APPRENTICE star and West Ham United vice-chair Karren Brady answers your careers questions and meets an inspirational CEO.
Here she gives a reader advice on being anxious about starting your first job.
Q) I’m about to graduate from university and am due to start my first “proper” job next month, but I’m dreading it. Besides waitressing and a little bit of office work during uni holidays, I’ve never been in a corporate environment before.
I’ve briefly met the team I’ll be working with, during my final interview – but when I introduced myself, I was met with blank faces and no one seemed very friendly.
Do you have any tips on how to present myself and come across as professional, friendly and keen to learn?
Maddison, via email
A) Congratulations on your first job in the corporate world! I can understand why you’re feeling hesitant, it’s completely normal.
Now it’s time to stand tall and show off your confidence. Be yourself – after all, you are obviously qualified and the hiring manager believed you’d be a great fit for the role, which is why you got the job.
Introduce yourself to your new colleagues, listen when people talk to you, ask them questions, show interest and don’t be afraid to ask for help if you don’t understand something.
Don’t forget the important experience waitressing will have taught you – I’m sure you’ve dealt with many different personality types, and have been able to act professionally and respectfully.
It’s no different in an office.
Read your colleagues’ body language and responses to know when it’s a good time to introduce yourself – five minutes before an important meeting is likely a bad time, but while making a coffee in the kitchen together is the perfect opportunity.
Remember to smile, be engaging and interested in what people have to say, and be willing to contribute! Best of luck.
A day in the life of…
Natalie Elliott, 41, is the CEO of award-winning clean beauty range Sakrid, which she co-founded with her partner Nick, 46. They live in Dorset with Natalie’s daughter Arwen, 10, and Nick’s two girls Bella, nine, and Thea, six.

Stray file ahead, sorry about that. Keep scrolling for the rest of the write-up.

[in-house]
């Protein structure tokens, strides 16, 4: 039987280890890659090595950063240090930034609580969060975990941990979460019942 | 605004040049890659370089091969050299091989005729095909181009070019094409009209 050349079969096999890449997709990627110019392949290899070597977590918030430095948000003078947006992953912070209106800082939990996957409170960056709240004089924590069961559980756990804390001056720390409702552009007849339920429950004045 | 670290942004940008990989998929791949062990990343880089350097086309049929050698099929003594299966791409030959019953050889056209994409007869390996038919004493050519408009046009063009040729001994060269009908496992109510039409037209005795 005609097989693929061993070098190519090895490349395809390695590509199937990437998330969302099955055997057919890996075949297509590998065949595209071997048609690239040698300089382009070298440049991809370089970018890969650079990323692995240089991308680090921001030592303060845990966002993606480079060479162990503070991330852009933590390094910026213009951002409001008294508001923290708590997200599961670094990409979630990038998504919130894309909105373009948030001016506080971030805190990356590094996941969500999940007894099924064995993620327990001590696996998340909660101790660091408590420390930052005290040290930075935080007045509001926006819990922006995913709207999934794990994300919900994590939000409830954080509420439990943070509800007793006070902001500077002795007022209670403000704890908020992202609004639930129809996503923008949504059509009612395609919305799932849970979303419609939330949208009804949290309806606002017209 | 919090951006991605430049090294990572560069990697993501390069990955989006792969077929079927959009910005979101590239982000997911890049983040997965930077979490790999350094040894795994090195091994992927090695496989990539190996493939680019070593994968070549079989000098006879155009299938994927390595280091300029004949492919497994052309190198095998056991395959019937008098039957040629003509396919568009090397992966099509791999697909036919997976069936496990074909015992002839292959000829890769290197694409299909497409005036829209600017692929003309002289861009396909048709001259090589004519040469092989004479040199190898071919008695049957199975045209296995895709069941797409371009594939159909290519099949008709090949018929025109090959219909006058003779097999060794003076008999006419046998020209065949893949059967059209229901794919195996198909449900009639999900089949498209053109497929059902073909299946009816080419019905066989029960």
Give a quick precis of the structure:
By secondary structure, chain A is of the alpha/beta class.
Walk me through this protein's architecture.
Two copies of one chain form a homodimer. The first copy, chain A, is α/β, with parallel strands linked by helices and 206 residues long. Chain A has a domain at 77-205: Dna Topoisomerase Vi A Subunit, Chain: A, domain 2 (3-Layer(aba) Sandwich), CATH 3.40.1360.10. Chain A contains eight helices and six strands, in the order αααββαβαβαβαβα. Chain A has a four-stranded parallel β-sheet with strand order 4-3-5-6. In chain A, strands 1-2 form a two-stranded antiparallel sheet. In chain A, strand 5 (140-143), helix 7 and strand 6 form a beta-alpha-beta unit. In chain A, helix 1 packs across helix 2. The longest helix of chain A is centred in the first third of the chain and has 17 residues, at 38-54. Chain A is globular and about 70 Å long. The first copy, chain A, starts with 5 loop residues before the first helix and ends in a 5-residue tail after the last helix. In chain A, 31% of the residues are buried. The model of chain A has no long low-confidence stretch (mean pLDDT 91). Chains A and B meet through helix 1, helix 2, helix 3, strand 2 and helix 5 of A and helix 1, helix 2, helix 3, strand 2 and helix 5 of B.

I wake up at…
Between 5am and 6am. Juggling work and family can be stressful, but after a face cleanse, hair oil and a shower, I’m ready for the day. I have a tea in bed with Nick, and once I get the kids to school, I do an hour in the gym before getting to my home office at 11am.
A normal day involves…
A lot of time responding to emails from influencers, stockists and customers reaching out about skin problems. I’m not formally trained in skincare, but I’ve experimented enormously with different product ingredients so can share my experience. The personal touch matters in retail and I often write notes thanking repeat customers for their support.
We use our double garage for product storage and the kids help with packing orders with branded tissue paper and ribbon. We always include information about the brand, me and the products ordered, too. Right now, money’s tight for everyone, so investing in beauty products should feel like a nice experience from the start.
Our social media followers love hearing my latest beauty tips, so I spend around an hour a day engaging with them – it’s the key to brand loyalty. We launched during the pandemic, so rather than employing staff, we outsourced marketing and advertising to a creative agency and I like not having an internal team. Instead of dealing with HR issues, we can focus on the brand.
That said, I crave human contact. Zoom has been fantastic, but a coffee with another brand owner leads to more opportunities and ideas.
The best part of my job is…
Creating something – I’m so in love with our formulas.
And the worst…
Admin! I’m a creative mind, so accountancy and invoicing tasks always languish in my inbox.
I wind down by…
Cooking – the kids are fussy, so I have to create different meals. After dinner, we head to Avon beach, behind our garden. There’s nothing more relaxing than being by the sea as the sun sets.
Be a boss
Bossing It is Fabulous’ series about ordinary women who have launched incredible businesses.
It aims to inspire other women and show that if these ladies can do it, so can you!
Read more at Thesun.co.uk/topic/bossing-it.
Compiled by: Claire Frost & Gemma Calvert
Karren cannot answer emails personally. Content is intended as general guidance only and does not constitute legal advice.